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Spark in Action: Pros and Cons of each language for Spark

 
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Hi Jean-Georges Perrin,

As the book said, it cover three programming languages, which are Java, Scala and Python.

From your experience,  what should be considered when choosing a language for Spark ? Does they have pros and cons of each ?

Thanks.
 
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As the author hasn't replied, here's my personal take as an occasional user of Spark since around 2014.

Scala:

* AFAIK Spark is still written in Scala, which means new features appear in the Scala APIs first.
* This means the Scala API is usually a bit ahead of the others, and it will never be behind them.
* Personally, I find Scala is a very natural language for this kind of processing (which is why Spark is based on it), so I am most comfortable with the Scala API.  YMMV of course.

Python:

* Python is very widely used with Spark, as it is a much more popular language than Scala generally, and it is often used by data scientists.
* Python is also a popular choice for people who use interactive notebook interfaces, like Jupyter, with Spark (although you can also use Scala with notebooks these days).
* But the Python API is usually a little behind the Scala API, and some features are slower/harder to implement in Python than in Scala.
* So Python is a good choice for data scientists or if you are not concerned about having the very latest API features.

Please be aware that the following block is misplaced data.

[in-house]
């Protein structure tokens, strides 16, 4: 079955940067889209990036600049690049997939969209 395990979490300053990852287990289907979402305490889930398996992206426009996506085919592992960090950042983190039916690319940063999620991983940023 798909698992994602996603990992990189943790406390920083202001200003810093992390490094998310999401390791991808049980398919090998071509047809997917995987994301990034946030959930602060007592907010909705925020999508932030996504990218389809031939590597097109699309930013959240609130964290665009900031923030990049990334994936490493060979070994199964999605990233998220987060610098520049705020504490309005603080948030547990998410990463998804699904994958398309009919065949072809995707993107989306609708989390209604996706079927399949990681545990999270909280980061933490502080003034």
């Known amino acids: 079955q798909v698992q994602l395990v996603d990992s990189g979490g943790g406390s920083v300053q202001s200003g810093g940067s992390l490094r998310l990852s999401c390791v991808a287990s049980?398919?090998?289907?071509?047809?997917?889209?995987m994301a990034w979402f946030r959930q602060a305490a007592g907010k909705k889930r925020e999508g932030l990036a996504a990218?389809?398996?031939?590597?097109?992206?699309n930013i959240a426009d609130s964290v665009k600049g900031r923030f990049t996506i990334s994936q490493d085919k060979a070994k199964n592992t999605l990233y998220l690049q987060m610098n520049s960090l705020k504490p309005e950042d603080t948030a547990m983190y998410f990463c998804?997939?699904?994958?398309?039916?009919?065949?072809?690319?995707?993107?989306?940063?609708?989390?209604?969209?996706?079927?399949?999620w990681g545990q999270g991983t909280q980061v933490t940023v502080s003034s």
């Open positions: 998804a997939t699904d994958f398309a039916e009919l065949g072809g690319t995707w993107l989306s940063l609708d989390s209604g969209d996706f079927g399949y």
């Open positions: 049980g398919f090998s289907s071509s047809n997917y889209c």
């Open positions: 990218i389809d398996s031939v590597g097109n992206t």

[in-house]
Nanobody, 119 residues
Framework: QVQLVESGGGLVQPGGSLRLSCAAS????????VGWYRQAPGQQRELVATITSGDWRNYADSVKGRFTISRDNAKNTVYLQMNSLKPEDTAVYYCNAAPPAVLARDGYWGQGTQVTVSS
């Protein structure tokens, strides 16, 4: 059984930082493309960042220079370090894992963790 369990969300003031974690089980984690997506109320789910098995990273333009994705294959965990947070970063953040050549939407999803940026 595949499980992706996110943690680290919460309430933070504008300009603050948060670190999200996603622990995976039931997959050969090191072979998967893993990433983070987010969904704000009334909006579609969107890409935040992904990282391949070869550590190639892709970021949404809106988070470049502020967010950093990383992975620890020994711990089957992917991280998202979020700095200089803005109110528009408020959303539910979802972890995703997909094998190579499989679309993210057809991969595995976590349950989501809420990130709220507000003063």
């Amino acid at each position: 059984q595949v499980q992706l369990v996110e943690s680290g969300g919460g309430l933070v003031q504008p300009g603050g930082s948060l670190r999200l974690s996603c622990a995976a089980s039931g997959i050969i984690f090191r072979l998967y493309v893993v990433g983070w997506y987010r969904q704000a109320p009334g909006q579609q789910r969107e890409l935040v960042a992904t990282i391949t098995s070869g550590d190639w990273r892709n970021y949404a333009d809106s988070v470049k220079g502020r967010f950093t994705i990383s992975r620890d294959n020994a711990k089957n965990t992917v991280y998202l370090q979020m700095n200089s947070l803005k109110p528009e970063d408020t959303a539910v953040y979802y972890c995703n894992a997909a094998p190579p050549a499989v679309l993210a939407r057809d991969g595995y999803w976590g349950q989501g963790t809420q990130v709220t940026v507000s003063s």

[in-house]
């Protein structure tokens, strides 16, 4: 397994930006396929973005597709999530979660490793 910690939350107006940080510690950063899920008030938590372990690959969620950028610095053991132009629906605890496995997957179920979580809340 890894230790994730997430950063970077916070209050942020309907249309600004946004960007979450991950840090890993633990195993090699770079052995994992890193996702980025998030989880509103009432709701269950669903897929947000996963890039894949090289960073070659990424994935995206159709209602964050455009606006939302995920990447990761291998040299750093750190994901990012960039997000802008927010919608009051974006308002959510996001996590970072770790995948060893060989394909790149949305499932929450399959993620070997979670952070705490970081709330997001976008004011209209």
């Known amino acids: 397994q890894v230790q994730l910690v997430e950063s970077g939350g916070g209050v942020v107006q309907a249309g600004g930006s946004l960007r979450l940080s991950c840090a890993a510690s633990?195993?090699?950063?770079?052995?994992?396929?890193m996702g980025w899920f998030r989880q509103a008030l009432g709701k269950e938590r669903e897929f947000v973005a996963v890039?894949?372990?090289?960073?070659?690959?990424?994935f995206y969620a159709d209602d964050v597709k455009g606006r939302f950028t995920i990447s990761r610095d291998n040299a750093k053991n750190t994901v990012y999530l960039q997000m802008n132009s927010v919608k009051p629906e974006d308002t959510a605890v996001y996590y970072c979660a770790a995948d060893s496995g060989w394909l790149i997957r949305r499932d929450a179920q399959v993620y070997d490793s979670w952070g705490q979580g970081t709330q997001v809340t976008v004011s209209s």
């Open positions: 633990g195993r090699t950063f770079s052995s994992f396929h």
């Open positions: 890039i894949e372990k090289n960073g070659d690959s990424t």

Java:

* There is no good reason to use Java with Spark.  
* Although Java now offers Lambdas etc, it is still really clunky to write good functional code with Java compared to Scala.
* And Python is a much nicer language for data science and notebooks etc.
* If you're using Spark, pick a language API that works well with Spark and does the things that Spark does well.




 
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Christopher Webster wrote:
There is no good reason to use Java with Spark.



While Python is the preferred choice while going for Spark ML , for other cases I think, suppose the team has developers who are good in Java(instead of Scala), if we go for Java, we still can still have the option of moving to Scala later when we have that skill set in team. However if today we go for Python, then it is like another route altogether as then relatively it would be less likely to be able to move to Scala. The reason for this is that Scala and Java, the JVM languages have more in common than Scala and Python.
 
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